Click on a grade below to see a list of suggested historical fiction books for that level.
New Historical Fiction
Reading Level: Grades 1 - 3
During WWII the people of the Nazi occupied Danish town of Gilleleje helped 1,700 Jews escape to Sweden. This book tells the story of those brave residents and one night in particular when they had to figure out a new way to lead an escaping family to the ships that would take them to safety.
Reading Level: Grades 4 - 6
In 1904, 11-year-old Frances and her younger brother Harold are sent on an orphan train heading to Kansas from New York. On the train they meet Jack, whose family could not afford to keep him. When they hear rumors about horrible conditions that await them in Kansas, the three children jump the train. They meet up with Alexander, a boy who has escaped from a work farm and set up his own "kids-only" town called Wanderville. There they find happiness until the unthinkable happens.
This is the first in a series of historical fiction.
Meet author Wendy McClure at the iRead kick-off on January 10.
Reading Level: Grade 6 & up
Written in verse from alternating viewpoints, this book gives the reader many different perspectives on the creation of the Panama Canal over a hundred years ago. We hear from howler monkeys, Theodore Roosevelt, a Cuban immigrant named Mateo, the trees, and many others who played a role in this large undertaking that connected the Atlantic Ocean and the Pacific Ocean.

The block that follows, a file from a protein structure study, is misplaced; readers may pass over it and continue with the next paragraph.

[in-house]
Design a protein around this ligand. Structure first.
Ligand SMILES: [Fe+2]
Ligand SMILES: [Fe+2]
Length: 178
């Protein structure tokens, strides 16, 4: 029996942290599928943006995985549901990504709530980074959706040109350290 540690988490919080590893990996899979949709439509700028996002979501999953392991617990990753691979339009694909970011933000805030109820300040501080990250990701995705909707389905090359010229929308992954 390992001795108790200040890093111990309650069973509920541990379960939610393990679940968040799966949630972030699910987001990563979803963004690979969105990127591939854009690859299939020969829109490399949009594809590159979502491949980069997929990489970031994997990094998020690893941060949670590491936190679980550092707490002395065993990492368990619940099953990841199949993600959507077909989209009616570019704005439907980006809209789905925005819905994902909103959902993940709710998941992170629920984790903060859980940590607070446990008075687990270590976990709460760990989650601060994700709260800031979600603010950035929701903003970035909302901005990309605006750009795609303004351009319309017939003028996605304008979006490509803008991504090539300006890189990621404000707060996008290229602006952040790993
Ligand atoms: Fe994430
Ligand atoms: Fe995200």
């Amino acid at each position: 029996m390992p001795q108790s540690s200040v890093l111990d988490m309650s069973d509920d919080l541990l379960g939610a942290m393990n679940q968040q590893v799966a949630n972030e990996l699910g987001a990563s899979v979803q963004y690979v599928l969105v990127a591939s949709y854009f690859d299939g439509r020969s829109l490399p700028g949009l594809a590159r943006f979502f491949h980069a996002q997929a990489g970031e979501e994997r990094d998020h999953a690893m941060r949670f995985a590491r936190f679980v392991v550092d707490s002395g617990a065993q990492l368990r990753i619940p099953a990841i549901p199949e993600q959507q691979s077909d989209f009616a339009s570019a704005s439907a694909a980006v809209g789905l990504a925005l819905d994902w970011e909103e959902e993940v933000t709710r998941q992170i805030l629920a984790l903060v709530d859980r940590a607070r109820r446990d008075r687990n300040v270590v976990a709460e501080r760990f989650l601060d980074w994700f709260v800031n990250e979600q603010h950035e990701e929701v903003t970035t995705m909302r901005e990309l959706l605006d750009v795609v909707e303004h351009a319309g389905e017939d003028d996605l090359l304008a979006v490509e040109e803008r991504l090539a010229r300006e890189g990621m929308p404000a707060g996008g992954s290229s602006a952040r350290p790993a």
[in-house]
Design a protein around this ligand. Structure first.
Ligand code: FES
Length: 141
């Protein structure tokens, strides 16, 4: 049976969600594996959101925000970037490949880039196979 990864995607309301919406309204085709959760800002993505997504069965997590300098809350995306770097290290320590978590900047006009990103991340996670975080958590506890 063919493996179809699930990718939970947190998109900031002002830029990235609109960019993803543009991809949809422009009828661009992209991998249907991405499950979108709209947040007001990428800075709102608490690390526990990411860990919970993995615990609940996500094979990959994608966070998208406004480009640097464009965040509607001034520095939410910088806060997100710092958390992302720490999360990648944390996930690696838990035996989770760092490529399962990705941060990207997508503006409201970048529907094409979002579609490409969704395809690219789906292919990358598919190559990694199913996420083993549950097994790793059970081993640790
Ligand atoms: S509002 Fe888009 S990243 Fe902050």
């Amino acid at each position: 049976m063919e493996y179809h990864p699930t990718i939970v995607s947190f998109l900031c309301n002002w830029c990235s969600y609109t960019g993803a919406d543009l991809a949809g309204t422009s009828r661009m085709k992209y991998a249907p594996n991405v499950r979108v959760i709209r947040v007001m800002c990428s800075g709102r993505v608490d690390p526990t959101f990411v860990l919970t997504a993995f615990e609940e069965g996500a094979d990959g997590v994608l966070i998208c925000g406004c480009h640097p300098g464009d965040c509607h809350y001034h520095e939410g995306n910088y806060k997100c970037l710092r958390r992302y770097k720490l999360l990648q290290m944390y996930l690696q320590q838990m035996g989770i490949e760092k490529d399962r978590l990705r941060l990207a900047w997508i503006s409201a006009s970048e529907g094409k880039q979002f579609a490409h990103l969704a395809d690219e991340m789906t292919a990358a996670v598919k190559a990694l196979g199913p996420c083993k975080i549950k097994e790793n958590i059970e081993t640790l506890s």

Reading Level: Ages 9 - 12
In 1854 there was a cholera outbreak in London. Hundreds died. There was no cure and no one knew the cause of cholera. Hopkinson 's hero is a thirteen-year-old orphan, Eel, who scavenges the filthy Thames River and works odd jobs. One job brings him in contact with Dr. Snow, a real historical figure who was an early epidemiologist. The fast-paced novel combines a medical mystery, a race against the clock, evil child snatchers, and an assortment of characters. You'll love Eel and his friends and want to them to triumph.
Reading Level: Ages 8 - 12
Set in Seattle, Washington in 1944, this is the home front story of Hobie Hanson, a fifth-grader whose father is flying B-24s in Europe. It's a time of great patriotism and sacrifice even for those at home. Hobie is expected to step up and help at home, on the family fishing boat, and with his younger sister. There are ration stamps for sugar, meat, and shoes. Everyone is urged to do all they can to help in the war effort. When Hobie learns about the real life organization called Dogs For Defense, he decides to donate his beloved German Shepherd, Duke. It never occurred to him that Duke might be sent into combat or that Duke might bond with his Marine handler. Will his father and his dog survive?